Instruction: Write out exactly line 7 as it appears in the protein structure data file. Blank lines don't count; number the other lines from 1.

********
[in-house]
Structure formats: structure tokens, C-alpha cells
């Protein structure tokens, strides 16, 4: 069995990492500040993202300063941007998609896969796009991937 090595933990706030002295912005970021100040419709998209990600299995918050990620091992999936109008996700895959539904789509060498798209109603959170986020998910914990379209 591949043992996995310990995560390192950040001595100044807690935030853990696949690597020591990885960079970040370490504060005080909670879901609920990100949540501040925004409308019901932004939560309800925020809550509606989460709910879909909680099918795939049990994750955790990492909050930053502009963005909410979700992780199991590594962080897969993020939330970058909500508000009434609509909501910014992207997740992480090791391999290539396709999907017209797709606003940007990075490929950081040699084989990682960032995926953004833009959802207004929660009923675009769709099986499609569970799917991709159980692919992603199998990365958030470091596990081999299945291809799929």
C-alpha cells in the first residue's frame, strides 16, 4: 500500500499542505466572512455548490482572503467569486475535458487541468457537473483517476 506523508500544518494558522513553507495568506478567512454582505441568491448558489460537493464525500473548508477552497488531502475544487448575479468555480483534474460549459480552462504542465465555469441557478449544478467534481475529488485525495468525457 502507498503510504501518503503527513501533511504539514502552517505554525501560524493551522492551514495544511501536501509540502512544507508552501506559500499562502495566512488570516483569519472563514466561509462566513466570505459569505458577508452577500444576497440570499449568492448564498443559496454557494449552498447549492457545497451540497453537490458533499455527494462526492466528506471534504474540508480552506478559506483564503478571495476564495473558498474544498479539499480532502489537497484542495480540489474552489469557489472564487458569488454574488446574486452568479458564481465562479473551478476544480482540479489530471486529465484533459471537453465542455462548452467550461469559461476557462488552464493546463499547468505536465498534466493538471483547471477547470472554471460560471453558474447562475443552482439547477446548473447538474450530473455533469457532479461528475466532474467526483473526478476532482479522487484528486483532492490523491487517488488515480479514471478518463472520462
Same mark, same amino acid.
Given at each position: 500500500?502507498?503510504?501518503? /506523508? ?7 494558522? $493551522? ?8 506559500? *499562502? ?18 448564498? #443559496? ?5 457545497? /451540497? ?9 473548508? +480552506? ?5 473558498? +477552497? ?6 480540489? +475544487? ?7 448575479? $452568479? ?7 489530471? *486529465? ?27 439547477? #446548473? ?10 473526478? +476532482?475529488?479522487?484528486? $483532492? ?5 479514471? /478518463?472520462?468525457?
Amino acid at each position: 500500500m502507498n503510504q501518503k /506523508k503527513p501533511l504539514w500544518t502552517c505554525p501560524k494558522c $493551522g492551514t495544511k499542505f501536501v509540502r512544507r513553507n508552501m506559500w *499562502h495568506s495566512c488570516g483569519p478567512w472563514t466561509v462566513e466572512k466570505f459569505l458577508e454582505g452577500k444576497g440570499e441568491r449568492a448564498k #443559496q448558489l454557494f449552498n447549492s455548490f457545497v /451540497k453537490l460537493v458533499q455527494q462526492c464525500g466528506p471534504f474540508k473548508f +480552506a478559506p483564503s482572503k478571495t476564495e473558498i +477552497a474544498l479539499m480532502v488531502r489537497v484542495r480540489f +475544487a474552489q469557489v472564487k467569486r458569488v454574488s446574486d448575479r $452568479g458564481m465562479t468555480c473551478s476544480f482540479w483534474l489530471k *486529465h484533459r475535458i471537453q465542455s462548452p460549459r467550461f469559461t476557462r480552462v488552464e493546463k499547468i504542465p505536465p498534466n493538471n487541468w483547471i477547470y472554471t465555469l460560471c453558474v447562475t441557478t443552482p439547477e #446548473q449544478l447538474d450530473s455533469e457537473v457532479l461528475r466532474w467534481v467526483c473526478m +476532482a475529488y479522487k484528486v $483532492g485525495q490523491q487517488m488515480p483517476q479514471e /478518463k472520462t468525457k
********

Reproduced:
Amino acid at each position: 500500500m502507498n503510504q501518503k /506523508k503527513p501533511l504539514w500544518t502552517c505554525p501560524k494558522c $493551522g492551514t495544511k499542505f501536501v509540502r512544507r513553507n508552501m506559500w *499562502h495568506s495566512c488570516g483569519p478567512w472563514t466561509v462566513e466572512k466570505f459569505l458577508e454582505g452577500k444576497g440570499e441568491r449568492a448564498k #443559496q448558489l454557494f449552498n447549492s455548490f457545497v /451540497k453537490l460537493v458533499q455527494q462526492c464525500g466528506p471534504f474540508k473548508f +480552506a478559506p483564503s482572503k478571495t476564495e473558498i +477552497a474544498l479539499m480532502v488531502r489537497v484542495r480540489f +475544487a474552489q469557489v472564487k467569486r458569488v454574488s446574486d448575479r $452568479g458564481m465562479t468555480c473551478s476544480f482540479w483534474l489530471k *486529465h484533459r475535458i471537453q465542455s462548452p460549459r467550461f469559461t476557462r480552462v488552464e493546463k499547468i504542465p505536465p498534466n493538471n487541468w483547471i477547470y472554471t465555469l460560471c453558474v447562475t441557478t443552482p439547477e #446548473q449544478l447538474d450530473s455533469e457537473v457532479l461528475r466532474w467534481v467526483c473526478m +476532482a475529488y479522487k484528486v $483532492g485525495q490523491q487517488m488515480p483517476q479514471e /478518463k472520462t468525457k